A new report released today has highlighted that the UK’s largest cities are ranked the worst in Europe for public transport affordability. Quadrant Transport looks at how the UK compares to the rest of Europe.
The Clean Cities: Benchmarking European cities on creating the right conditions for Zero-emission mobility report, ranked 36 European countries on various topics. These include progress towards net zero, development of walking and cycling routes and affordability of public transport.
Ranking by the affordability of public transport, the UK’s three biggest cities, Birmingham, London and Manchester, were at the very bottom of the list. Monthly travel costs in the UK equates to 8-10 per cent of household budgets.
Placing top of the table was Oslo, where passengers spent 2 per cent of their household budget.
The UK is pushing for cleaner travel despite increasing transport costs
Focusing back on the UK, rail fairs are set to increase by a further 3.8 per cent next week. On top of this, London tube and bus fares are rising by 4.8 per cent.
The state of transport in the UK looks even bleaker when looking at the league table for net-zero progress. London ranked 12th in the table with a score of 55.8 per cent. Birmingham placed 17th and Greater Manchester was down in 30th place.
The report explained: “Cleaning up transport is one of the most pressing challenges of our time. It is the only sector where emissions have been increasing since the nineties, with almost a quarter of these (23%) coming from cities.
Tackling these two issues is essential if we are to encourage people out of their cars and onto public transport. With the cost of living increasing in all aspects of life from inflation to gas prices, increasing the price of public transport is not going to encourage passengers.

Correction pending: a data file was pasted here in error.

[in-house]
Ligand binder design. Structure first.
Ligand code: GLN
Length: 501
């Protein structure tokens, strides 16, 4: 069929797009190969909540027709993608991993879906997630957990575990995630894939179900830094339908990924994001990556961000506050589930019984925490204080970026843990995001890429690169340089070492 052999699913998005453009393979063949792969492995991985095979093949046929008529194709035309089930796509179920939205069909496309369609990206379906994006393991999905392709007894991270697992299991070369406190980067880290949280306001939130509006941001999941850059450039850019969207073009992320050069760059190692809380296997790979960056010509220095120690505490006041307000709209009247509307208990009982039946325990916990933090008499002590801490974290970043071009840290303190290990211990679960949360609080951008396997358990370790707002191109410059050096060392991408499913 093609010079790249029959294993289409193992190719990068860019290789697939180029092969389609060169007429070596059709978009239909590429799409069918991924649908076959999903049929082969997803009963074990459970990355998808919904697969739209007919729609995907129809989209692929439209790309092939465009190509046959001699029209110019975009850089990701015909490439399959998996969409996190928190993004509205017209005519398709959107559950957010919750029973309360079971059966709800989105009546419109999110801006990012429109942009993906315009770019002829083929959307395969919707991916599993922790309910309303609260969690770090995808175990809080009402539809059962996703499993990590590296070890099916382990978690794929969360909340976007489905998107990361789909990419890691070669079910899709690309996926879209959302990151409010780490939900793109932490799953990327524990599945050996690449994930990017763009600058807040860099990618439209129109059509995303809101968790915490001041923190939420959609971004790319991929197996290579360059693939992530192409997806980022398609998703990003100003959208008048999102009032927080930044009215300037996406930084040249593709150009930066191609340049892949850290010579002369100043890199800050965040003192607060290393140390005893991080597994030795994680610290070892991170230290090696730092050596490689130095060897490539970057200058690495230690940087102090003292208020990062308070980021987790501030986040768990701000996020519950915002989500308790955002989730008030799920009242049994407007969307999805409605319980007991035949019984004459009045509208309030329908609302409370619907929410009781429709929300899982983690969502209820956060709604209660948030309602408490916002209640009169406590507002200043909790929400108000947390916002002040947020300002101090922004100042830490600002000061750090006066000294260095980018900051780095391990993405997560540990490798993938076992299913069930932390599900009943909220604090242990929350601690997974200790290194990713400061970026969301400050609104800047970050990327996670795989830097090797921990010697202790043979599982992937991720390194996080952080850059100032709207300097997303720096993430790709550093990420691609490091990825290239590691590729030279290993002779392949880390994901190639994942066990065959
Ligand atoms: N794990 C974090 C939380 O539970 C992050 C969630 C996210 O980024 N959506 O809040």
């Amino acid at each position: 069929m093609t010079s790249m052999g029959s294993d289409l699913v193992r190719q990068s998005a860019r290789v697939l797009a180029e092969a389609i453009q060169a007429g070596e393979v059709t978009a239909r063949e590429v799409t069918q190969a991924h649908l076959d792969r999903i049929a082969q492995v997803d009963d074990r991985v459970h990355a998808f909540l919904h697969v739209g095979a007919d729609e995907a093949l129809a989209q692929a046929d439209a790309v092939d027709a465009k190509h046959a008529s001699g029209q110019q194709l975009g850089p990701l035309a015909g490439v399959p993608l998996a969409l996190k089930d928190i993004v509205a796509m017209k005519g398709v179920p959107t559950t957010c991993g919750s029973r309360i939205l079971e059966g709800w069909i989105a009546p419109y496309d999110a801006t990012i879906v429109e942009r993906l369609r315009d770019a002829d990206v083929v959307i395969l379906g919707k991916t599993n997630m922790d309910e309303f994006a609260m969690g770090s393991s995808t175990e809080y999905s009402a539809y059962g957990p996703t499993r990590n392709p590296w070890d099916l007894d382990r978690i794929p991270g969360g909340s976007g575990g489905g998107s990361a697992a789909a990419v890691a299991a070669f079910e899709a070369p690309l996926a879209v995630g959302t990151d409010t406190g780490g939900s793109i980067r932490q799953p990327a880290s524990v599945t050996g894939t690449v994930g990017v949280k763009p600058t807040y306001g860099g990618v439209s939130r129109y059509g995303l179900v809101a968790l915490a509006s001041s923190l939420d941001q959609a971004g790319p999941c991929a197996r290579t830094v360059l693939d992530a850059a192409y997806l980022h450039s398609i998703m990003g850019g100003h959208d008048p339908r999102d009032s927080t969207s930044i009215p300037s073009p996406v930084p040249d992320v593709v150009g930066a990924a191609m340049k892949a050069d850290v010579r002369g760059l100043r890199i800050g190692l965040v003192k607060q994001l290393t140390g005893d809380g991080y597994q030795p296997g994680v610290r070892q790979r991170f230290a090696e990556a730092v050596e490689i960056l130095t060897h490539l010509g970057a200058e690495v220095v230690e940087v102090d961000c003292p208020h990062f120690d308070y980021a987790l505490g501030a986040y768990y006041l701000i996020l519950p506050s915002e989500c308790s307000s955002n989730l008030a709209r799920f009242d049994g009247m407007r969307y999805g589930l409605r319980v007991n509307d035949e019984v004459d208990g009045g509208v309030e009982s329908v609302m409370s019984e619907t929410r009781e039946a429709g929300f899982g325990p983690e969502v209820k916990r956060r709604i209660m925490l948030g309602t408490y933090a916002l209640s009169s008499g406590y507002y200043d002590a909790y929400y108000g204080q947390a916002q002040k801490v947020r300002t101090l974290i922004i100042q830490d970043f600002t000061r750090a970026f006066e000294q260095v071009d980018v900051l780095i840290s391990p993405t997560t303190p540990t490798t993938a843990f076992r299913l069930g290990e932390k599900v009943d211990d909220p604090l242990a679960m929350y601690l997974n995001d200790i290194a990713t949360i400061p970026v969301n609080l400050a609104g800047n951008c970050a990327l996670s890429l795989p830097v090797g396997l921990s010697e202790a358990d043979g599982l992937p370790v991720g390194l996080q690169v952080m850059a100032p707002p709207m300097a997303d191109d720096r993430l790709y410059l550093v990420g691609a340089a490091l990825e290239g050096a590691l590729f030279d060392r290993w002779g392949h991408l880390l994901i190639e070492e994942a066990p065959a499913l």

Paul Tuohy, Chief Executive of Campaign for Better Transport, said: “This report makes clear the link between the cost of public transport and efforts to decarbonise transport and must therefore act as a wake-up call for the UK Government.”
“We currently have a situation where the greenest transport option isn’t always the cheapest and it should be. We need more affordable public transport to help us achieve the government’s vision where public transport, cycling and walking are the first choice when it comes to transport.”
four-point action plan to turn the tide
To improve affordability and help ensure the most environmentally friendly option is always the most affordable these actions should be put in place:
- Introduce a PAYG ticketing with daily pricing capping within towns and cities.
- Re-map zones in Greater Manchester and London to ensure people are travelling cheaper
- Improve flexible season tickets to ensure it provides comparable savings
- Increase incentives for bus operators to implement contactless payment options and cross-operator ticketing
Rounding up the report it stated: “The task at hand may seem overwhelming, but people often overestimate what can be done in the short term and wildly underestimate what can be achieved in the longer term. This is why we believe that now is the time to take stock and draw up a clear and pragmatic roadmap for all cities in Europe to lean in towards realising the path towards zero-emission mobility by 2030.”